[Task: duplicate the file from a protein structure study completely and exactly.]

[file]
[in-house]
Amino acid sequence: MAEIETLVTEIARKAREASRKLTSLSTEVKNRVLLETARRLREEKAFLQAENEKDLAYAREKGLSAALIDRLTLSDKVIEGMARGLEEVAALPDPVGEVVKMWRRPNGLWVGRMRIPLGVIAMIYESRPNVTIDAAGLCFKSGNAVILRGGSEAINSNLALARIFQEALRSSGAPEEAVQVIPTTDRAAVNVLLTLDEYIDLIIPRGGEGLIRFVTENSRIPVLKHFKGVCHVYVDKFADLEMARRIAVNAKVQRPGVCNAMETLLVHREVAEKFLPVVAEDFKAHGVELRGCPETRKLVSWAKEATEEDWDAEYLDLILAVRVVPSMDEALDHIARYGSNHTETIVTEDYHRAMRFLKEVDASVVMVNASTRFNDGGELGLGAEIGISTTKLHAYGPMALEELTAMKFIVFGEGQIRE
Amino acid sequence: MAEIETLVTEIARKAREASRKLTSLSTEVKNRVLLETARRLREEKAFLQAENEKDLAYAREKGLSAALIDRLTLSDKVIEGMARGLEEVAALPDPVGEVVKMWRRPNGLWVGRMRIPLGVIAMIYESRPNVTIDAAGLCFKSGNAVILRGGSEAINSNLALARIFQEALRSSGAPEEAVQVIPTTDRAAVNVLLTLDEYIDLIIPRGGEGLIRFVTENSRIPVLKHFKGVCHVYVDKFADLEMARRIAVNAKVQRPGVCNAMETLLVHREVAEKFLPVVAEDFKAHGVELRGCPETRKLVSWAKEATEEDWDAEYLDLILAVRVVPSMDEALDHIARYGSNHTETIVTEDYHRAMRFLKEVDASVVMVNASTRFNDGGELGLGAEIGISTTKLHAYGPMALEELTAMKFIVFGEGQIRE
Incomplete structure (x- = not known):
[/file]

[in-house]
Amino acid sequence: MAEIETLVTEIARKAREASRKLTSLSTEVKNRVLLETARRLREEKAFLQAENEKDLAYAREKGLSAALIDRLTLSDKVIEGMARGLEEVAALPDPVGEVVKMWRRPNGLWVGRMRIPLGVIAMIYESRPNVTIDAAGLCFKSGNAVILRGGSEAINSNLALARIFQEALRSSGAPEEAVQVIPTTDRAAVNVLLTLDEYIDLIIPRGGEGLIRFVTENSRIPVLKHFKGVCHVYVDKFADLEMARRIAVNAKVQRPGVCNAMETLLVHREVAEKFLPVVAEDFKAHGVELRGCPETRKLVSWAKEATEEDWDAEYLDLILAVRVVPSMDEALDHIARYGSNHTETIVTEDYHRAMRFLKEVDASVVMVNASTRFNDGGELGLGAEIGISTTKLHAYGPMALEELTAMKFIVFGEGQIRE
Amino acid sequence: MAEIETLVTEIARKAREASRKLTSLSTEVKNRVLLETARRLREEKAFLQAENEKDLAYAREKGLSAALIDRLTLSDKVIEGMARGLEEVAALPDPVGEVVKMWRRPNGLWVGRMRIPLGVIAMIYESRPNVTIDAAGLCFKSGNAVILRGGSEAINSNLALARIFQEALRSSGAPEEAVQVIPTTDRAAVNVLLTLDEYIDLIIPRGGEGLIRFVTENSRIPVLKHFKGVCHVYVDKFADLEMARRIAVNAKVQRPGVCNAMETLLVHREVAEKFLPVVAEDFKAHGVELRGCPETRKLVSWAKEATEEDWDAEYLDLILAVRVVPSMDEALDHIARYGSNHTETIVTEDYHRAMRFLKEVDASVVMVNASTRFNDGGELGLGAEIGISTTKLHAYGPMALEELTAMKFIVFGEGQIRE
Incomplete structure (x- = not known):